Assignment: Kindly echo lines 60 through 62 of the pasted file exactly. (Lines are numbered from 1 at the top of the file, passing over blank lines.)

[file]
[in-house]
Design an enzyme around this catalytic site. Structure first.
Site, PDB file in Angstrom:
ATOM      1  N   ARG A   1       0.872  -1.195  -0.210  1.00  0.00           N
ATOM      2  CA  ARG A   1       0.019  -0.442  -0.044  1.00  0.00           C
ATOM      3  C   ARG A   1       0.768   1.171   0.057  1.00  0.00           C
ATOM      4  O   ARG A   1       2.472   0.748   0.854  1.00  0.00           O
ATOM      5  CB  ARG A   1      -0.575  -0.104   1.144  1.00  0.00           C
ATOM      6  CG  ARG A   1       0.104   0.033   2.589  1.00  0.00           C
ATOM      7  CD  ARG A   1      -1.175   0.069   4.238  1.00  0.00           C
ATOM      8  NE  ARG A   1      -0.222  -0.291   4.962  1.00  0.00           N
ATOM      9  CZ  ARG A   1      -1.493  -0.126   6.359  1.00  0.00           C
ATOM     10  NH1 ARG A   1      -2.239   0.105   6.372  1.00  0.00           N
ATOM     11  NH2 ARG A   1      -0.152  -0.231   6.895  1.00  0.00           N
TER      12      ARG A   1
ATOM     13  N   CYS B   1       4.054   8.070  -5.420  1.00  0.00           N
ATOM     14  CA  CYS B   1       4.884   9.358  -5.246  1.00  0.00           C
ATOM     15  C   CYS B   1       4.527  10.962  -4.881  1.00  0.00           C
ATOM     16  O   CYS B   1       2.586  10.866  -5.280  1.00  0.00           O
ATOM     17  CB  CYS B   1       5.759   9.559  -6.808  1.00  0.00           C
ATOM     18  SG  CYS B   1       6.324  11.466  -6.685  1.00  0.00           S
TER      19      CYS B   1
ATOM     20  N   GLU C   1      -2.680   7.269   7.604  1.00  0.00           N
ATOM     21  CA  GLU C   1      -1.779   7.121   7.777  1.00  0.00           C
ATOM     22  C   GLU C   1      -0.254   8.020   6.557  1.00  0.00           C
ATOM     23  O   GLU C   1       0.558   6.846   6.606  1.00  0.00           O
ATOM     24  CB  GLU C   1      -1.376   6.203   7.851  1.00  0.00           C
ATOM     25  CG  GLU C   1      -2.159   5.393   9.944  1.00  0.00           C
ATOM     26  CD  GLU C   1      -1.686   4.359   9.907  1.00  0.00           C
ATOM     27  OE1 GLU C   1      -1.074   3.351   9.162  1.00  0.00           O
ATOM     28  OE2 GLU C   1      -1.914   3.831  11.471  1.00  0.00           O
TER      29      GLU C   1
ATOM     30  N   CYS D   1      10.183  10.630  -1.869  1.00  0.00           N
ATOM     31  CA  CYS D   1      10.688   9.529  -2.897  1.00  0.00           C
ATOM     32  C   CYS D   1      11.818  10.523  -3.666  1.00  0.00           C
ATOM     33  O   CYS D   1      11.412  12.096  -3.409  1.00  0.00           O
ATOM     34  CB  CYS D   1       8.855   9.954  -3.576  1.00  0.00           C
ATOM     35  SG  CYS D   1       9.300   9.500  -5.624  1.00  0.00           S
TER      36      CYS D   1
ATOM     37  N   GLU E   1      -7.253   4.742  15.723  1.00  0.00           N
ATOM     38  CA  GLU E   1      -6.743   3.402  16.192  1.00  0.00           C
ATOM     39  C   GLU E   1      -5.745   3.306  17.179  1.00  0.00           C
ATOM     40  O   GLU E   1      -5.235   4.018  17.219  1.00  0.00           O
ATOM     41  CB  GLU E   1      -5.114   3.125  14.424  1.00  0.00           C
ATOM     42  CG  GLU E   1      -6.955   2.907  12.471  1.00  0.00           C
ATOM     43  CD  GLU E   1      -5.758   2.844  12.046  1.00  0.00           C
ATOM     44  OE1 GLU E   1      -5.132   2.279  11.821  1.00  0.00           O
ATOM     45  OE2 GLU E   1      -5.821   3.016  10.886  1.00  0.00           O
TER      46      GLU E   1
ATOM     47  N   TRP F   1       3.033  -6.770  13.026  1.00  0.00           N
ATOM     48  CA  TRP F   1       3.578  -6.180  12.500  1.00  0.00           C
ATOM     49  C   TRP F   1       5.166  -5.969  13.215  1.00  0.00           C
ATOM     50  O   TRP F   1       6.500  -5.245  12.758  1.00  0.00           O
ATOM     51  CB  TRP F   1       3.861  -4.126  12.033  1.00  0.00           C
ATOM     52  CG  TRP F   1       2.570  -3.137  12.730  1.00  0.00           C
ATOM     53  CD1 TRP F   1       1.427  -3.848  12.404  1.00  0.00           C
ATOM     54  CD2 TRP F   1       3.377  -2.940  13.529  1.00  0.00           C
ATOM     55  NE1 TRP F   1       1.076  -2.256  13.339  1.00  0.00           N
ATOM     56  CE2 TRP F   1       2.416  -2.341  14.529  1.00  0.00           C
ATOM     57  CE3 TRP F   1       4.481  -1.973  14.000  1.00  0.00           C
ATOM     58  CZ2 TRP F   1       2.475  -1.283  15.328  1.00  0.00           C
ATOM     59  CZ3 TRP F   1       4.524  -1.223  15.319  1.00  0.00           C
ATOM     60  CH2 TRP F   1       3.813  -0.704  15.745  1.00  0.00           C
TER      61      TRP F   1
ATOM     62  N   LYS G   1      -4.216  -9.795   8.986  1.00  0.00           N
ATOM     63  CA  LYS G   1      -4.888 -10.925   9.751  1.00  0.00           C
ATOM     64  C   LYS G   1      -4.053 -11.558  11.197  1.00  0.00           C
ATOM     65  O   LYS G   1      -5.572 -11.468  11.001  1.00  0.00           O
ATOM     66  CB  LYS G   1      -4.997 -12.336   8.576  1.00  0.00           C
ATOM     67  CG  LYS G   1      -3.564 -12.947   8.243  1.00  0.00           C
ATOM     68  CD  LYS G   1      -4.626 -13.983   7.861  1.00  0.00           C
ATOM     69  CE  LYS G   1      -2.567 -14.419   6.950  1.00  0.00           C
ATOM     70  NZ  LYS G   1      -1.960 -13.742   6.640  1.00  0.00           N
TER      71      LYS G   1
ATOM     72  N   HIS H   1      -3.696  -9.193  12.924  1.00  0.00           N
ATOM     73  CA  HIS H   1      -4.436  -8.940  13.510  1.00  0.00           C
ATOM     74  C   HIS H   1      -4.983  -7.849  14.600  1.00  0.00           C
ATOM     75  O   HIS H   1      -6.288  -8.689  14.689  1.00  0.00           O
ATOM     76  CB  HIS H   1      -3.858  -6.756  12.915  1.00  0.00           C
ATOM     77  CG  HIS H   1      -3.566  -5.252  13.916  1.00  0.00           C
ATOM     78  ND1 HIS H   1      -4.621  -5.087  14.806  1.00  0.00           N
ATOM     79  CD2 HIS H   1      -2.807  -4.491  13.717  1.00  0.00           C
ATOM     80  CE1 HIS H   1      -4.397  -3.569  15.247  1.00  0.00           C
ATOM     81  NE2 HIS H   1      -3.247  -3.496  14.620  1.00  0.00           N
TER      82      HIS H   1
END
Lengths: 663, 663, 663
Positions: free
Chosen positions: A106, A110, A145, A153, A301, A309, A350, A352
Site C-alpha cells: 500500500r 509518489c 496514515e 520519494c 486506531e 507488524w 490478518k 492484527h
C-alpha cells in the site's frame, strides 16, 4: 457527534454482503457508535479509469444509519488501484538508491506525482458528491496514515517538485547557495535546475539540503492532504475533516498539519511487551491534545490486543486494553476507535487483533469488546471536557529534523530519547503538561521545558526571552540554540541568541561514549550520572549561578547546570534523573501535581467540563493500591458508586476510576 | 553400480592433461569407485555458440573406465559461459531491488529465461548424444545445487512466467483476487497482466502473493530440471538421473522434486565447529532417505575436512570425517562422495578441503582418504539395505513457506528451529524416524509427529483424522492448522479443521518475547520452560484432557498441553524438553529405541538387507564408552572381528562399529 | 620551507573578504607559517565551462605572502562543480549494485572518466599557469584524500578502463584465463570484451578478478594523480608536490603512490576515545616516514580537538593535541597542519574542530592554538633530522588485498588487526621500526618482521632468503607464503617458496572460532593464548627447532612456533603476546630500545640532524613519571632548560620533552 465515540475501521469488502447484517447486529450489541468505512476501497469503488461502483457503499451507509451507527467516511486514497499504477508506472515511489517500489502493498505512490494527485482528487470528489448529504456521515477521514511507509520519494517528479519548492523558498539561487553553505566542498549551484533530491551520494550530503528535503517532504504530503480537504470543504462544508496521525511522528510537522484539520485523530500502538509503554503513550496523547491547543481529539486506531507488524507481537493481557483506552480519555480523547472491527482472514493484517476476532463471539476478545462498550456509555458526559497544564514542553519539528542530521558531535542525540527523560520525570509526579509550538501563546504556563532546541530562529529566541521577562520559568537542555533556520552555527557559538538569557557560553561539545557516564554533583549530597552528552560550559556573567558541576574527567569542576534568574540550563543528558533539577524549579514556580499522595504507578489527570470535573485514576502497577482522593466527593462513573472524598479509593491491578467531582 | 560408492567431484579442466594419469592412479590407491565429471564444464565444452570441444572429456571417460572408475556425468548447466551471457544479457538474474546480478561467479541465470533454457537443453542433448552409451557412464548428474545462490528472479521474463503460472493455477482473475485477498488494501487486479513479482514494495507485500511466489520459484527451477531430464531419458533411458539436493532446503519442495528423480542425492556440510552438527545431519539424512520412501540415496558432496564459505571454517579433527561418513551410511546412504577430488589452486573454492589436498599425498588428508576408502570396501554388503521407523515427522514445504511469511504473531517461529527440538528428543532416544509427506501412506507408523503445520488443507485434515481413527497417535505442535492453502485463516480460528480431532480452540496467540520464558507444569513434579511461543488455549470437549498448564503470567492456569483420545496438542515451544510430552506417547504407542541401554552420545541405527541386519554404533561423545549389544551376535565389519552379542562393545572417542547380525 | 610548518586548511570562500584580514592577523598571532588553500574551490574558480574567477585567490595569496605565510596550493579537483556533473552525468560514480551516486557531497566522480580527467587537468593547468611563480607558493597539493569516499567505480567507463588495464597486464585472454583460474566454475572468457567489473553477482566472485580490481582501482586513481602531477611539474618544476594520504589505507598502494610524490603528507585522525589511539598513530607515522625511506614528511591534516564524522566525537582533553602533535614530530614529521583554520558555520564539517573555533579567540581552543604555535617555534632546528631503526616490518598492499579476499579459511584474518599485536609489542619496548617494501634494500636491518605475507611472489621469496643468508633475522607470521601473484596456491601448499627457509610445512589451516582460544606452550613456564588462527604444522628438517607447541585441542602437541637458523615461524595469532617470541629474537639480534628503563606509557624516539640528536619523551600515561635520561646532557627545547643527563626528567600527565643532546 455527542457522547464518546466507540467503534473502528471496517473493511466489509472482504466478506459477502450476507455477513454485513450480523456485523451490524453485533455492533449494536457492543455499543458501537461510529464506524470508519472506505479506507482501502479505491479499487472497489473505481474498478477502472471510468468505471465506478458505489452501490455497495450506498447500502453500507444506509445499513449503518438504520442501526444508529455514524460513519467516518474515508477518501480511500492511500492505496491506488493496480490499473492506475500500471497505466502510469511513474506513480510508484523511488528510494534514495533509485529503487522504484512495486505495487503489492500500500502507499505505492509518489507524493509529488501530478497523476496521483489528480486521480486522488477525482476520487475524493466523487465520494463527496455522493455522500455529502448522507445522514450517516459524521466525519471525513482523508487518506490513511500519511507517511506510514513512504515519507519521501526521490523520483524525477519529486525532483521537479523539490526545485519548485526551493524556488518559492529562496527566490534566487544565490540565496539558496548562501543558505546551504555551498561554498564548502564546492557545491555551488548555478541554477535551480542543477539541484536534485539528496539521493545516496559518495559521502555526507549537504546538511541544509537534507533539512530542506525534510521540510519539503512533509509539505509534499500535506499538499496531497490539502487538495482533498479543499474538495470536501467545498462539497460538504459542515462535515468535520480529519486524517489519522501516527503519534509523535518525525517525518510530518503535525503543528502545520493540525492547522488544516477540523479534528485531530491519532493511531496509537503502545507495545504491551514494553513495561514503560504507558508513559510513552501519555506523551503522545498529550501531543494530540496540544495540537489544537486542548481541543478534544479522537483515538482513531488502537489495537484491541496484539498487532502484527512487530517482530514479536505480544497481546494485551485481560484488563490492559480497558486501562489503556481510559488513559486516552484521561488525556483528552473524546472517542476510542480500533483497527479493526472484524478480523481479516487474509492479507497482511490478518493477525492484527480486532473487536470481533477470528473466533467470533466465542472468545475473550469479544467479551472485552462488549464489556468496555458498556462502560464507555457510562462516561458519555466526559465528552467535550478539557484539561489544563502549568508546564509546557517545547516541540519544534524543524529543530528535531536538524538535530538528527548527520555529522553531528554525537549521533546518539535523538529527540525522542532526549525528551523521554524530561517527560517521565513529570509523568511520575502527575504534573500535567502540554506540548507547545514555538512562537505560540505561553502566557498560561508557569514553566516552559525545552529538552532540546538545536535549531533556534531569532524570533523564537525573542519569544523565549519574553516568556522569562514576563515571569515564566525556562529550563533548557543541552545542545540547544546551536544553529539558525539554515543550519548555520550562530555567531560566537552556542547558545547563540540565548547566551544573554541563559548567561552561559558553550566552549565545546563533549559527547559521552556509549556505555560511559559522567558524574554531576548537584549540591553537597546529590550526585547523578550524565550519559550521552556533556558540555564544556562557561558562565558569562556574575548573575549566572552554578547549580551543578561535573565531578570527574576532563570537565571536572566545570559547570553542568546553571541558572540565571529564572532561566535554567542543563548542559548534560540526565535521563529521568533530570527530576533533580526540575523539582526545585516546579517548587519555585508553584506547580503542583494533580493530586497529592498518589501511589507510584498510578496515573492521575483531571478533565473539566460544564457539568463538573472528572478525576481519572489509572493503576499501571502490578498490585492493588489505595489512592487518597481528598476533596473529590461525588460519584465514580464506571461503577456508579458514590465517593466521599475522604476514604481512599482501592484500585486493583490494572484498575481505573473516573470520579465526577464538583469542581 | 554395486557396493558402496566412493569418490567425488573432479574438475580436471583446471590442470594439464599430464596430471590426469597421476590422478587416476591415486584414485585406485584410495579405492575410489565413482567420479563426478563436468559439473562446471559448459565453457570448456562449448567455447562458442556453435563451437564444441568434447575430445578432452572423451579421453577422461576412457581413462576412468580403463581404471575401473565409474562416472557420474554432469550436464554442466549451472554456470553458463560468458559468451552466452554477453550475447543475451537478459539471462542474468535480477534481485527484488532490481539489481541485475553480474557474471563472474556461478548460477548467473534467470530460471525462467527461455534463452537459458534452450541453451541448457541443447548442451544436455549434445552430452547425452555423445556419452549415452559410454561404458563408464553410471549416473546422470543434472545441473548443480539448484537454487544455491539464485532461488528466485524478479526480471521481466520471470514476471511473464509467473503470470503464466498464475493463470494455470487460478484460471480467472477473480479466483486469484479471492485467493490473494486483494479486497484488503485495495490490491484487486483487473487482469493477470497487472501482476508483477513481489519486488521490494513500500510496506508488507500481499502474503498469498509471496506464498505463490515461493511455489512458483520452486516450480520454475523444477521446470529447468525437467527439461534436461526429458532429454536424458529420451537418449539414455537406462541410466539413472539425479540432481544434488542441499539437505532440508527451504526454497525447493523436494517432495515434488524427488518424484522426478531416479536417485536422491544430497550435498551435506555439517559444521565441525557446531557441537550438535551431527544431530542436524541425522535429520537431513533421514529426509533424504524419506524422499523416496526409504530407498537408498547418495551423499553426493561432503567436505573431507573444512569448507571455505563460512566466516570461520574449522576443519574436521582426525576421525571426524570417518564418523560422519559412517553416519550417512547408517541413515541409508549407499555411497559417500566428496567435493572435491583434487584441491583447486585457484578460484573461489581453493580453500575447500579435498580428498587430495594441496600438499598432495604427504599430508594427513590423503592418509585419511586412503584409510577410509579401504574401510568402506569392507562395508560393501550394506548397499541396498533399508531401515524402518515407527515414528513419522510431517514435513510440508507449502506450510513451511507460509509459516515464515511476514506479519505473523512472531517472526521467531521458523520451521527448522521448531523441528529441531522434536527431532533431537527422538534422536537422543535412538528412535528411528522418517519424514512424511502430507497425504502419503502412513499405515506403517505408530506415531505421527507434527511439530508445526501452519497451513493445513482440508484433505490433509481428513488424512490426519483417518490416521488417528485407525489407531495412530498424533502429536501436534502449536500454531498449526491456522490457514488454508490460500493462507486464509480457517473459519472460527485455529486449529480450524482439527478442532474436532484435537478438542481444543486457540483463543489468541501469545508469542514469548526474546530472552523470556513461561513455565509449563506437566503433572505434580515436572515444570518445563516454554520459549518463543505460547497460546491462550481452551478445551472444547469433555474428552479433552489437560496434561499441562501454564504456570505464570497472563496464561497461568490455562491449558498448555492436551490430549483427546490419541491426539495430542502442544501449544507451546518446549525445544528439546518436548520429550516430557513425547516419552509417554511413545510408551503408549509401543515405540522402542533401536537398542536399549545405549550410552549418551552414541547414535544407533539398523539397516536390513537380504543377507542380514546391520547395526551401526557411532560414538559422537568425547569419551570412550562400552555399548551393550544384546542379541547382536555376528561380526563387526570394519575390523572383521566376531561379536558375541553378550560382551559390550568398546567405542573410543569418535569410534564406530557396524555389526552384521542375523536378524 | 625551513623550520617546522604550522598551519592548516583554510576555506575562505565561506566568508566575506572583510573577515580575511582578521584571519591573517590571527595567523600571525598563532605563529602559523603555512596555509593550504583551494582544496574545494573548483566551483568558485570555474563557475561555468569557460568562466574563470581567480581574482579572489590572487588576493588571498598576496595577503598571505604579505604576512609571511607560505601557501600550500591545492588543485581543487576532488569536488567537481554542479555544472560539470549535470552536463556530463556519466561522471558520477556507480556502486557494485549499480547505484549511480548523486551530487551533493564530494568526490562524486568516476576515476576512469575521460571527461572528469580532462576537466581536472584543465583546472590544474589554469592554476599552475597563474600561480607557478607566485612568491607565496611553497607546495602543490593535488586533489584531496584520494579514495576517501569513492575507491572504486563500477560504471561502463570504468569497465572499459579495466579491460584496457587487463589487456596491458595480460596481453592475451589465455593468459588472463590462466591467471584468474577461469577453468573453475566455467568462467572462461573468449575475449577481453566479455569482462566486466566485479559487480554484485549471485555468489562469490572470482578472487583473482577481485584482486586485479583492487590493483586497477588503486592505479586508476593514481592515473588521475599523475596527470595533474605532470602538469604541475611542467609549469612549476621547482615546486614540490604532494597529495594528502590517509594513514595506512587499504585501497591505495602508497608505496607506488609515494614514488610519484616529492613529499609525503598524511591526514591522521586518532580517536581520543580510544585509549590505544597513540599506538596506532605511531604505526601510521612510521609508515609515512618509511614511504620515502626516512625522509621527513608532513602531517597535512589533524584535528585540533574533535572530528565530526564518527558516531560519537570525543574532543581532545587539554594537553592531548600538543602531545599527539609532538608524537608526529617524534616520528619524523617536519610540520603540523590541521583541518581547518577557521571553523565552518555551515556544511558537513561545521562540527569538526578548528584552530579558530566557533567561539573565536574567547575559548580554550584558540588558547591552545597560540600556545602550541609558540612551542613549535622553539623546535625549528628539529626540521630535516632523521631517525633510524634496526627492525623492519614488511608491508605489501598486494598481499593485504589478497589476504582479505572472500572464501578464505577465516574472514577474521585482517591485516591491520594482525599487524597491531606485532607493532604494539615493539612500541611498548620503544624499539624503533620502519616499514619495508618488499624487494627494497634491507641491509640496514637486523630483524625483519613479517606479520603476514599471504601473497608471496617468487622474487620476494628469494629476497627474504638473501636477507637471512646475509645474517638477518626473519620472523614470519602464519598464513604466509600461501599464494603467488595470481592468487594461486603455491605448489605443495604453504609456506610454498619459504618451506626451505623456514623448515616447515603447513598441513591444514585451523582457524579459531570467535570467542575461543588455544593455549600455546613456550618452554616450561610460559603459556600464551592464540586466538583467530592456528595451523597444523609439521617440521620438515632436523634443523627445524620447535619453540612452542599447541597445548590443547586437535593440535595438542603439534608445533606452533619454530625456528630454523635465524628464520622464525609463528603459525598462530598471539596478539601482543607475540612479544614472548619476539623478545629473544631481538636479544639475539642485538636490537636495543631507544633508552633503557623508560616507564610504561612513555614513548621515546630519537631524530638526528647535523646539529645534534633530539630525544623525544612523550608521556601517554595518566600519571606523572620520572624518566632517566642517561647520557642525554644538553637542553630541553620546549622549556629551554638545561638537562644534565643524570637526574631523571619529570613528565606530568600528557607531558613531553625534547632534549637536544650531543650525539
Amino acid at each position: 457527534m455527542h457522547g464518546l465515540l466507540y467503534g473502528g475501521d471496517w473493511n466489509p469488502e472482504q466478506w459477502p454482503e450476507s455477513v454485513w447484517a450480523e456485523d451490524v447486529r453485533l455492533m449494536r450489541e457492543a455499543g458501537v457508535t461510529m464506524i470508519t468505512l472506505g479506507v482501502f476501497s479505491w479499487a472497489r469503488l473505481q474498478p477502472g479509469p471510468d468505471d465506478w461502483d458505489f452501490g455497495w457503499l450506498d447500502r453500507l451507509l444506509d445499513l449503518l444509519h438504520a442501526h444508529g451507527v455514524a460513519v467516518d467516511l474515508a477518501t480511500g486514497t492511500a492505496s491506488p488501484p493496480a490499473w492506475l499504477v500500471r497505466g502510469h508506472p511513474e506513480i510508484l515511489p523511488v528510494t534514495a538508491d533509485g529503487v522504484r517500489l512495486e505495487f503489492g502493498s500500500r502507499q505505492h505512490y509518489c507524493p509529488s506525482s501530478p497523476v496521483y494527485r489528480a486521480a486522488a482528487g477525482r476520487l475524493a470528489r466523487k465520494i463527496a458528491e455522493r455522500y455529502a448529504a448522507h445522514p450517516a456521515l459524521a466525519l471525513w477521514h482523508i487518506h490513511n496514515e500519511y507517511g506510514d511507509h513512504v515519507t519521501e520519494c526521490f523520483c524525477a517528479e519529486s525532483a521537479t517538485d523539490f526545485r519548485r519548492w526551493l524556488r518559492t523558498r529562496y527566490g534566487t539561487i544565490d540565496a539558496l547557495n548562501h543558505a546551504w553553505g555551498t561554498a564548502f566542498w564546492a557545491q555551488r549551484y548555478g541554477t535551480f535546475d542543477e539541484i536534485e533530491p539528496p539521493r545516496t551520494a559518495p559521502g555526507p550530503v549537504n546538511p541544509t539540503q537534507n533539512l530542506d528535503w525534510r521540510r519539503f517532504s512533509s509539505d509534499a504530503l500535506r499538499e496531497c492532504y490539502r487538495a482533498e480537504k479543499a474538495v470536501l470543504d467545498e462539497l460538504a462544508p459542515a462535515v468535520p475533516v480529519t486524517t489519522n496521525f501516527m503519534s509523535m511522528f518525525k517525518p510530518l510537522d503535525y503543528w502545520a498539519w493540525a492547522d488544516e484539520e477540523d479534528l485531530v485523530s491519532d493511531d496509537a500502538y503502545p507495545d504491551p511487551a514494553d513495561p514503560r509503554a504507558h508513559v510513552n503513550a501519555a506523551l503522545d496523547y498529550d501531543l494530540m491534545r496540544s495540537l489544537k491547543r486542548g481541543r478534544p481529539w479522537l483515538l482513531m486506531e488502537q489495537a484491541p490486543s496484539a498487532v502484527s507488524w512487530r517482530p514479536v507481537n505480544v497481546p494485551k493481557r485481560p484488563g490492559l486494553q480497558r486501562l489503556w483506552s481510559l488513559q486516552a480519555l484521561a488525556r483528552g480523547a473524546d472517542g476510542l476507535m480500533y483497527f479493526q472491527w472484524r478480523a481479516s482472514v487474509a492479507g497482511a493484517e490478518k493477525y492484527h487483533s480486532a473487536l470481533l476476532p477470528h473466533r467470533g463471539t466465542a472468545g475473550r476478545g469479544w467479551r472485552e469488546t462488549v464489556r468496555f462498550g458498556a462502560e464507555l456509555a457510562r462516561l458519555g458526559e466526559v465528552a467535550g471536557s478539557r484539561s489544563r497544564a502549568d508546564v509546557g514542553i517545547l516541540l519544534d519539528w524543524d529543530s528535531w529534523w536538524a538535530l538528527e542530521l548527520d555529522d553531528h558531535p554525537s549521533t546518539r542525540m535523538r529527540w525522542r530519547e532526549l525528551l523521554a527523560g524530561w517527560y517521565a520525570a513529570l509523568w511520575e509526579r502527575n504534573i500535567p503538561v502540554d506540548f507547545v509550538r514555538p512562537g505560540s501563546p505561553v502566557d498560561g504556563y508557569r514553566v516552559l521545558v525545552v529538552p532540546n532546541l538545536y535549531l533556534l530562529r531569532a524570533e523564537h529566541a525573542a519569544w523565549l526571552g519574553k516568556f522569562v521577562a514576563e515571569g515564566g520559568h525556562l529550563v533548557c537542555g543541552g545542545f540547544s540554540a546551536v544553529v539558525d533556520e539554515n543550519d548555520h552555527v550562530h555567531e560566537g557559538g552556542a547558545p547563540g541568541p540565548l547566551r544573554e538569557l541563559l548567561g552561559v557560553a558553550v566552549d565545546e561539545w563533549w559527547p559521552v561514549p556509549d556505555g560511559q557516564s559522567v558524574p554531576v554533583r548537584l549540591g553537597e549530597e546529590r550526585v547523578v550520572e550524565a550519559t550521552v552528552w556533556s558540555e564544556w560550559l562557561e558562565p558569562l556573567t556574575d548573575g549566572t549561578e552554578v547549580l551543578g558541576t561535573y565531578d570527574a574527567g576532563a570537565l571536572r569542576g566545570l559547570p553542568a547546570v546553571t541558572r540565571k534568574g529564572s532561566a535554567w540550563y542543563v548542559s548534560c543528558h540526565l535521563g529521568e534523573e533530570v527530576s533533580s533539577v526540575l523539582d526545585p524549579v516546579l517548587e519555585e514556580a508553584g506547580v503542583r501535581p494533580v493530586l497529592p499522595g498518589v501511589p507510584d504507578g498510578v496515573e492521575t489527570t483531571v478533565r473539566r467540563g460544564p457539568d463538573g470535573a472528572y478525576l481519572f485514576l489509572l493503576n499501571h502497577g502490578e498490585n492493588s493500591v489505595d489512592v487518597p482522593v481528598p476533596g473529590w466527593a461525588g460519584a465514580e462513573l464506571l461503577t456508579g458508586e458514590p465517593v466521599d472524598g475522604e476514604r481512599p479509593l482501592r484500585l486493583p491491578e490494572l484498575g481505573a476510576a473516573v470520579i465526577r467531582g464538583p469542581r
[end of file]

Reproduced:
ATOM     57  CE3 TRP F   1       4.481  -1.973  14.000  1.00  0.00           C
ATOM     58  CZ2 TRP F   1       2.475  -1.283  15.328  1.00  0.00           C
ATOM     59  CZ3 TRP F   1       4.524  -1.223  15.319  1.00  0.00           C